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2019 National Baseball Hall of Fame's Newest MembersRalph E. Stone Salem-News.com Sports
Should those who competed honestly be treated the same as those who cheated?
(SAN FRANCISCO, Calif.) - It is that time of year for sports writers to cast their ballots for former baseball players for consideration for entry into the Cooperstown National Baseball Hall of Fame and Museum. It is not run by Major League Baseball.
Any candidate who receives votes on 75% of all ballots cast will earn election to the Hall of Fame. This year closer Mariano Rivera, designated hitter Edgar Martinez, and pitchers Roy Halladay, and Mike Mussina are this year’s newest members.
According to the Hall of Fame rules, eligibility for selection is based “upon the player's record, playing ability, integrity, sportsmanship, character, and contributions to the team(s) on which the player played.” Thus, the Hall of Fame as it is stands today is not just a museum where only numbers count, but rather a sort of enshrinement.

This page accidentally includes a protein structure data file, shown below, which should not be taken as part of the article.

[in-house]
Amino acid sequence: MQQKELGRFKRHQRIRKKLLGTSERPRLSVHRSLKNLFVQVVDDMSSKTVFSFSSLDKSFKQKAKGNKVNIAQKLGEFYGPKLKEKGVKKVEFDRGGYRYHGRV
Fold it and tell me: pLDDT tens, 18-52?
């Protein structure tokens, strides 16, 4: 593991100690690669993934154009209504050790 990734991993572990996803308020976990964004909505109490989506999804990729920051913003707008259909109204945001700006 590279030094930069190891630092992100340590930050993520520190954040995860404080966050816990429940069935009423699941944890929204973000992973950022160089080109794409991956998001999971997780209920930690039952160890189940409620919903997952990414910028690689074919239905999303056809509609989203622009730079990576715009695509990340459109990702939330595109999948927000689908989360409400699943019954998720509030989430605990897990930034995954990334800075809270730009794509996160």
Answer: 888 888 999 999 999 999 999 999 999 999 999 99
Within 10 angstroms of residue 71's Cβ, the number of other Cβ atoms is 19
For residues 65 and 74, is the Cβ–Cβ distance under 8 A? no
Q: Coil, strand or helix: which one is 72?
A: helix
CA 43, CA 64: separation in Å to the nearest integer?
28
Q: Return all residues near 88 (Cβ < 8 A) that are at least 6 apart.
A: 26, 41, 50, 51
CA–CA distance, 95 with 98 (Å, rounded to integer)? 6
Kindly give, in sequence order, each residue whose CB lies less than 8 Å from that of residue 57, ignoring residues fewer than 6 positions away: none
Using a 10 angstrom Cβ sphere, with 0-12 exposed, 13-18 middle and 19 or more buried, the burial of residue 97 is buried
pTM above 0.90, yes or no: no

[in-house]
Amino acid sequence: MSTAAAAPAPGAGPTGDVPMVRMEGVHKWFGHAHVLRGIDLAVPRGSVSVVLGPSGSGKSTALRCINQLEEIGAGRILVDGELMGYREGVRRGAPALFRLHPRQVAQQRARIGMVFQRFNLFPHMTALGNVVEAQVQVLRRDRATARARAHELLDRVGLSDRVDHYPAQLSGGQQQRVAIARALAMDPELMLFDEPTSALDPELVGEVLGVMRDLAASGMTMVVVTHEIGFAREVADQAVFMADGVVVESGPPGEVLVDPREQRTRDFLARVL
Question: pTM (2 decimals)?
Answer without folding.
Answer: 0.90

As such, under present Hall of Fame rules, retired ballplayers who are known or suspected to have used performance enhancing drugs like for example Barry Bonds and Roger Clemens, do not meet the Hall of Fame criteria for entry. Why, because their use of performance enhancing drugs subverted the central idea of sport — athletes competing on equal terms. Why should those who competed honestly be treated the same as those who cheated.
The choice is clear. Voters who choose to participate should either follow the Hall of Fame rules and not vote for cheaters, or not participate in the voting at all.
Either some voters flouted the Hall of Fame rules or believe that Barry Bonds, who received 56.4% of the votes and Roger Clemons who received 57.3% of the votes, exhibited the necessary integrity, sportsmanship, and character for election.
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